Architect, Landscape Architect, Urban Designer, Land Use Planner, Environmental Observer

Sunday, September 13, 2009

Long Strange Trip - Part 2

I graduated from Cal Poly, San Luis Obispo in June of 1974 with a Bachelor of Architecture.

Another recession, so I decided to try to live where it would be pleasant, even if I didn't have a job.

I moved to South Lake Tahoe onto a couch of a friends house and started to look for work. Within three days I found work with a retired architect. We did one house together and he had no more work. Winter was approaching and I had no money. I decided to apply at the casinos for work and was hired by Harrah's. I carried thirty pounds of coins in an apron and made change for the slot machines. Yes, you actually could put coins in the machines! After three months I realized that I was going nowhere and headed back to San Luis Obispo

I did find work at a Civil Engineering and Surveying office for $4/hour. I stayed for about nine months. In the Whole Earth Catalog, I saw a book that was for Owner-Builders, written by a man named Ken Kern. He lived in the Sierra Nevadas at about 5,000 ft. elevation outside of Fresno. I wrote Ken and asked if he needed help and he said "come on up".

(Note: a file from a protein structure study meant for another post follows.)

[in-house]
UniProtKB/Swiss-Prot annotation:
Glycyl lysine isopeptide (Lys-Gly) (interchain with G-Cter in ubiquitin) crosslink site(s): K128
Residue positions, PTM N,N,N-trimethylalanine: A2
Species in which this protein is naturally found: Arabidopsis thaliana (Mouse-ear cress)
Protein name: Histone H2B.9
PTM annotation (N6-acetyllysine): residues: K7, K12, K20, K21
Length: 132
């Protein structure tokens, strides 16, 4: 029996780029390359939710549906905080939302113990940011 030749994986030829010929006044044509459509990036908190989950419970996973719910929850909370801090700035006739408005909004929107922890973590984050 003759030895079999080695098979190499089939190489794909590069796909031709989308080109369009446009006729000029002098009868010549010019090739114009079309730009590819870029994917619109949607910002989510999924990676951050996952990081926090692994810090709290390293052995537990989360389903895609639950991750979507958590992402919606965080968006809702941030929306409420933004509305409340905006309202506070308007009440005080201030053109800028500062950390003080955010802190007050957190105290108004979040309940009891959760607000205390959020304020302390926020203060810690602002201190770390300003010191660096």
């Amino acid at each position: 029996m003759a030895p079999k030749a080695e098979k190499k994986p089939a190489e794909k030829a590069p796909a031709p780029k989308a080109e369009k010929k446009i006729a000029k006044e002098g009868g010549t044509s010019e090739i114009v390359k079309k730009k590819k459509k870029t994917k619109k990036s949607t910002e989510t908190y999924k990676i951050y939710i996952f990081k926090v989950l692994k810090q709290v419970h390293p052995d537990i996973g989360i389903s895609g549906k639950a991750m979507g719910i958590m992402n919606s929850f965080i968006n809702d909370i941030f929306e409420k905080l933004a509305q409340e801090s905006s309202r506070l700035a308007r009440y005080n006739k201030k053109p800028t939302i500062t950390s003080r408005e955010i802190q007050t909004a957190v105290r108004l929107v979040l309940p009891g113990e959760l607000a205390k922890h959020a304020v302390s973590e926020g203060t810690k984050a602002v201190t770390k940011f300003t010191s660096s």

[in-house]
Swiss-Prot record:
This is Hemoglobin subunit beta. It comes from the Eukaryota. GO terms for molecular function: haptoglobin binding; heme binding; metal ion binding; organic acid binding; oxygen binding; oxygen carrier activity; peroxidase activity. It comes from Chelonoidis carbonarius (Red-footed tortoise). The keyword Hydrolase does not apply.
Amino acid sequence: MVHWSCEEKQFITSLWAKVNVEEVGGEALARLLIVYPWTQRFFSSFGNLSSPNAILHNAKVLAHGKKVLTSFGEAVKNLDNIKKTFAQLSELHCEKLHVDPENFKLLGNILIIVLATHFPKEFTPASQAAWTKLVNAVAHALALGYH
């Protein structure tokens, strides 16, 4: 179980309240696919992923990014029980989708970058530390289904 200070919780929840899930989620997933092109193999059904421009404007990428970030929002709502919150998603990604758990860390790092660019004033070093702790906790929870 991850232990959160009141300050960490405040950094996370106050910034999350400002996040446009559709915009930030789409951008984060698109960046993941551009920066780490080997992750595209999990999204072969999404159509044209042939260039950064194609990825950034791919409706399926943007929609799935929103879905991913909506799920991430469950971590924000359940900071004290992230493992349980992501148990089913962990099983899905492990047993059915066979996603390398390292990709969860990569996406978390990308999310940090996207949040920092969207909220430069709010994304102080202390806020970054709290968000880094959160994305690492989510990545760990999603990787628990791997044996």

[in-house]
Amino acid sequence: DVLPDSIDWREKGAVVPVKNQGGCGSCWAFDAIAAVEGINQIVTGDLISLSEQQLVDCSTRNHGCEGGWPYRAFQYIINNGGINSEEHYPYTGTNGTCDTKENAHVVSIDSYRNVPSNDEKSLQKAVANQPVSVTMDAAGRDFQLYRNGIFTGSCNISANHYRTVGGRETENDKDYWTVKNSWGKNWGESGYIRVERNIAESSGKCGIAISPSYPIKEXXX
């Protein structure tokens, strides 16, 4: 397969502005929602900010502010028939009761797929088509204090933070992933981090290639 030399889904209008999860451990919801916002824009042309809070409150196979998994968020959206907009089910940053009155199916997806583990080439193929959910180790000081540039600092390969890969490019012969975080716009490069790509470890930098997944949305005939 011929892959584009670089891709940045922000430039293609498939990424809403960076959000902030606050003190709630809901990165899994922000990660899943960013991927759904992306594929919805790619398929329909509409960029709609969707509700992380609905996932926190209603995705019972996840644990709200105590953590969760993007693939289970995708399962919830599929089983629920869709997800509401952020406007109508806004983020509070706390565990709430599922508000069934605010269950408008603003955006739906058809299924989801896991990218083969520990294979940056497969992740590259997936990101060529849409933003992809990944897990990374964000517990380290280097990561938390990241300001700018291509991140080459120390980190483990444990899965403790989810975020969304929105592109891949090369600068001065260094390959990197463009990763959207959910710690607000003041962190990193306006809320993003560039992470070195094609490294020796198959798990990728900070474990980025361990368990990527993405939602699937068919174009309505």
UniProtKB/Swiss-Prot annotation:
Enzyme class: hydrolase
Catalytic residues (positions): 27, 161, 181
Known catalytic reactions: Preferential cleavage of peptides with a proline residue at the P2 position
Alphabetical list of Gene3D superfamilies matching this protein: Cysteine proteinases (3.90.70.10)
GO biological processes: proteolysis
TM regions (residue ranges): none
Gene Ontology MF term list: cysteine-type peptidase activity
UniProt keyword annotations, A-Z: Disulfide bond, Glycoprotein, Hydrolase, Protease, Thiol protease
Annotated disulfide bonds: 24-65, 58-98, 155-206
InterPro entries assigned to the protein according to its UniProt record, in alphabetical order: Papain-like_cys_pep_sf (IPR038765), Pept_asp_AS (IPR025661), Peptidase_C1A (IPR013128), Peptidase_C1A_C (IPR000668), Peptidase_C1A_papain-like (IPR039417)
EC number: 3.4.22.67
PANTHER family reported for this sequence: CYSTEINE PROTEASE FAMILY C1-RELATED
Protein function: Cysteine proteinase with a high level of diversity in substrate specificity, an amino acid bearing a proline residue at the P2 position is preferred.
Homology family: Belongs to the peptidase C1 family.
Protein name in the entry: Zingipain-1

Ken Kern, author, builder, mason and surveyor

Ken had written two books by then - the Owner Built Home and the Owner Built Homestead.


Besides writing and selling books, Ken would answer questions and even give you a sketch through the mail for $10 !! If you were then interested, he would actually draw up plans for your owner-built home. That's where I came in.

He lived in Alder Springs, a bend in the bypassed old road heading up to Shaver Lake. I stayed in an old mobile home. Ken lived with his wife Barbara and two sons and a daughter in the remodeled house nearby. I stayed up there until I left to live with what would be my future wife.

Ken passed away some years later after a beam collapsed and fell on him.


One of the houses I helped draw up was for a single young woman in Salem, Oregon named Eleanor. She believed she could build a small house and actually did it ! She kept in touch with letters, photos and slides describing the whole process.

In future posts, I'll tell her tale.

. . .


  1. I love this. Thank you for sharing a part of your life so elegantly. Can't wait for the next installment.

  2. i own several of the kern's books, one having been passed down to me by my father-in-law. On the inside of one book, ken calls himself an "anarcho-decentralist". I identify with anarchism as a historical movement and as a personal framework and am interested in its relavence for ken. Can you speak to this? thank you chad



Recommended Books

  • - Precedents in Architecture
  • - City Comforts
  • - A Pattern Language
  • - The Architecture of Happiness
  • - Architectural Composition
  • - Design Language
  • - Elements of Garden Design
  • - Chambers for a Memory Palace